This is part 2 of the article

Pascal's Wager

The complete abandonment of conventional methods has to involve one of the above kinds of blindness to the realities of cancer.

The more usual complementary ("as well as") use of dubious methods can, however, be looked upon as a kind of "Pascal's wager". Blaise Pascal (1623-1662) suggested that it was wise to believe in God, even when doubtful, because there was little downside if He did not exist but a huge payoff later if He did. Pascal's proposition was debatable on both logical and theological grounds, but the possible outcomes for the cancer patient are surely sufficiently extreme as to justify gambling against considerable odds. Contract bridge players apply similar logic when a difficult contract can only be made if the cards lie in one improbable way.

I sense that despite the rather rah-rah atmosphere of alternative newsgroups and mailing lists, dominated as they are by vocal extremists, most alternative users don't need to be told that the chances of them working are rather small. Even very sympathetic and thorough alternative cancer investigators such as Michael Lerner, author of "Choices in Healing", and Ralph Moss, a constant critic of conventional medicine's dealings with alternatives, have been unable to offer very optimistic estimates as to how often they work, or even, after all their researches, firm data as to whether any work consistently at all. It is also revealing that the staunchest supporters of alternative methods always react to criticism, not by producing any body of cured patients, but by dwelling on those areas where conventional methods are (also?) rather ineffective!

Yet, when the stakes are so high, why not go against the odds?

"Science Doesn't Know Everything"

Reinforcing this kind of reasoning, everyone knows that science can sometimes get things wrong. The use of "alternatives", could, at a stretch, be viewed as a quite sophisticated application of the principle that all scientific knowledge is provisional to varying degrees. The customary, knee-jerk, sceptical opinion may wrong in disregarding some of the methods. The cancer sufferer might be lucky enough to hit upon some good ones if they try enough of them.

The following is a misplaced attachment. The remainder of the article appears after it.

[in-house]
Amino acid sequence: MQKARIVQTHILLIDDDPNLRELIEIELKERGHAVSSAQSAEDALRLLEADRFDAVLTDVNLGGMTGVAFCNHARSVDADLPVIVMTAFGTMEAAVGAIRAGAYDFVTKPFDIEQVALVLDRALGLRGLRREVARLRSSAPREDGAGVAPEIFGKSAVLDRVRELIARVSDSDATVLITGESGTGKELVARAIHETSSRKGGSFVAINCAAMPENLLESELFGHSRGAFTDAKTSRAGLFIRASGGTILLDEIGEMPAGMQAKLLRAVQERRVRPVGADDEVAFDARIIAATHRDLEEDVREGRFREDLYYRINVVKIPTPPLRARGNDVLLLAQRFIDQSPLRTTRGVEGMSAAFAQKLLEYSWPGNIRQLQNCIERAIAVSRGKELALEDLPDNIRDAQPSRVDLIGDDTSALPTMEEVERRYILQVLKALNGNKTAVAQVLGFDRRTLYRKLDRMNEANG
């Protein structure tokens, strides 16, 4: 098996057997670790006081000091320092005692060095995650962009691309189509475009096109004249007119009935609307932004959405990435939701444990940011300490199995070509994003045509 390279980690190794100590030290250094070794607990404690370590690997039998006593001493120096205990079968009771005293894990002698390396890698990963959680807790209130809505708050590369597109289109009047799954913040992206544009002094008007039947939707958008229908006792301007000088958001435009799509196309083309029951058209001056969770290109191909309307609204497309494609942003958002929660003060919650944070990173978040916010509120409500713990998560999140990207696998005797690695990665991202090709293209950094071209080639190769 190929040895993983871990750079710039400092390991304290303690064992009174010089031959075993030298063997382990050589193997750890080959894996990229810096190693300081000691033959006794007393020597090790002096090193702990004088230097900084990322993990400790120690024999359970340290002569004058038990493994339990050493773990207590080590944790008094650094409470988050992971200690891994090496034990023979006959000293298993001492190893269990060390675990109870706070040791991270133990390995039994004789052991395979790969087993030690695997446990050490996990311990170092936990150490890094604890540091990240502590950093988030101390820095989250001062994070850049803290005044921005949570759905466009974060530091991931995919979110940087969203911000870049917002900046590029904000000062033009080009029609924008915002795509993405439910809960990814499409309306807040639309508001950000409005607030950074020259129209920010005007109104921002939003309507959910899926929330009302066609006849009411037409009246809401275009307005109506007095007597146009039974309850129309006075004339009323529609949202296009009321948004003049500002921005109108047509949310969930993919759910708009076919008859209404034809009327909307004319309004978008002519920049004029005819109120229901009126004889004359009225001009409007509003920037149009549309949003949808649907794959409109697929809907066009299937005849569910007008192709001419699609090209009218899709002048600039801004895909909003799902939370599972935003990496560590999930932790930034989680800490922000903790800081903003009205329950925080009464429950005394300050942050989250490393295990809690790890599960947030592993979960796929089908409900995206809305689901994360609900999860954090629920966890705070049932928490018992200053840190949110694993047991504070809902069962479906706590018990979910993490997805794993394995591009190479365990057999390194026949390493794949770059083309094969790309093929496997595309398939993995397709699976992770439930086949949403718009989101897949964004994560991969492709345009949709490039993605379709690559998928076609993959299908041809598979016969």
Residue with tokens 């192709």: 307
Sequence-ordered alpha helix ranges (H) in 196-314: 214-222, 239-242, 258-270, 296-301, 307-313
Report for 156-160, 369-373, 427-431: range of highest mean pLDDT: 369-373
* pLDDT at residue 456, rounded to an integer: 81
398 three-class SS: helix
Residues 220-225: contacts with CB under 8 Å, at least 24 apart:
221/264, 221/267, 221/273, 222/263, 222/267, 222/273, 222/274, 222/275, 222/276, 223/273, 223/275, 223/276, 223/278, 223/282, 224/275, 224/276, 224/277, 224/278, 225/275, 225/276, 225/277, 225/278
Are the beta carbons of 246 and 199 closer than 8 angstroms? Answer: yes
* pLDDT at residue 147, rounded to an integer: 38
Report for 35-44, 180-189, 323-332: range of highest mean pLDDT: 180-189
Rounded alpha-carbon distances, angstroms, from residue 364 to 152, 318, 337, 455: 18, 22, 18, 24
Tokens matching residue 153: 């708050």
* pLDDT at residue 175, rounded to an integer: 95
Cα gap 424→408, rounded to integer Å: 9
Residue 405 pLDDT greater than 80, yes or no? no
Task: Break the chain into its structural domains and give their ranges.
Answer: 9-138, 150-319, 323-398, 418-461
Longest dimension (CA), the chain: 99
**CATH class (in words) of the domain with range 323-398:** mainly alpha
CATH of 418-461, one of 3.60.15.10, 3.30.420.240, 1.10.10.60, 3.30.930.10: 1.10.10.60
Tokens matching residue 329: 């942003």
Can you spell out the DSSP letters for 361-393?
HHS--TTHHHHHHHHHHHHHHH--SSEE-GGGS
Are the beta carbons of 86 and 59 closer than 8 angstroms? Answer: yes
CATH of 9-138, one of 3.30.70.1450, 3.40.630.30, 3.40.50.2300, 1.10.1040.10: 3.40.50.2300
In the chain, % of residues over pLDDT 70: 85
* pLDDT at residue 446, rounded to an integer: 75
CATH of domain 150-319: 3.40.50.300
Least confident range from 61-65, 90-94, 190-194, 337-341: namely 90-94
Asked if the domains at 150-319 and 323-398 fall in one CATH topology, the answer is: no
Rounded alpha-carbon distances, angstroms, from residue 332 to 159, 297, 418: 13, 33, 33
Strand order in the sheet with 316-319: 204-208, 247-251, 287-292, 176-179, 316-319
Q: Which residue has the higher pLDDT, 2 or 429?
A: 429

That is true, I suppose. Unfortunately it doesn't improve the odds much. "Science doesn't know everything" is no answer to the only question that really matters, and that is: "how do the promoters of the treatment know/show that it does what they claim?" This is invariably where the true deficiency lies and where cancer patients should be demanding more detailed information and learning to ask more penetrating questions.. As explained on other pages, it should be easy to show that a cancer cure works, if it worked as well as the promoters of alternative treatments usually imply [see here].

This is one situation where "absence of evidence IS evidence of absence", once we ask how such important medical claims as the ability to cure cancer could ever be made with no more than a smattering of highly selected, poor quality testimonials. Either the more usual, overall results are not very pretty to look at and best kept quiet, or the claimants are so cancer-naive as to not understand what a good cancer treatment should look like. In either case, buyer beware.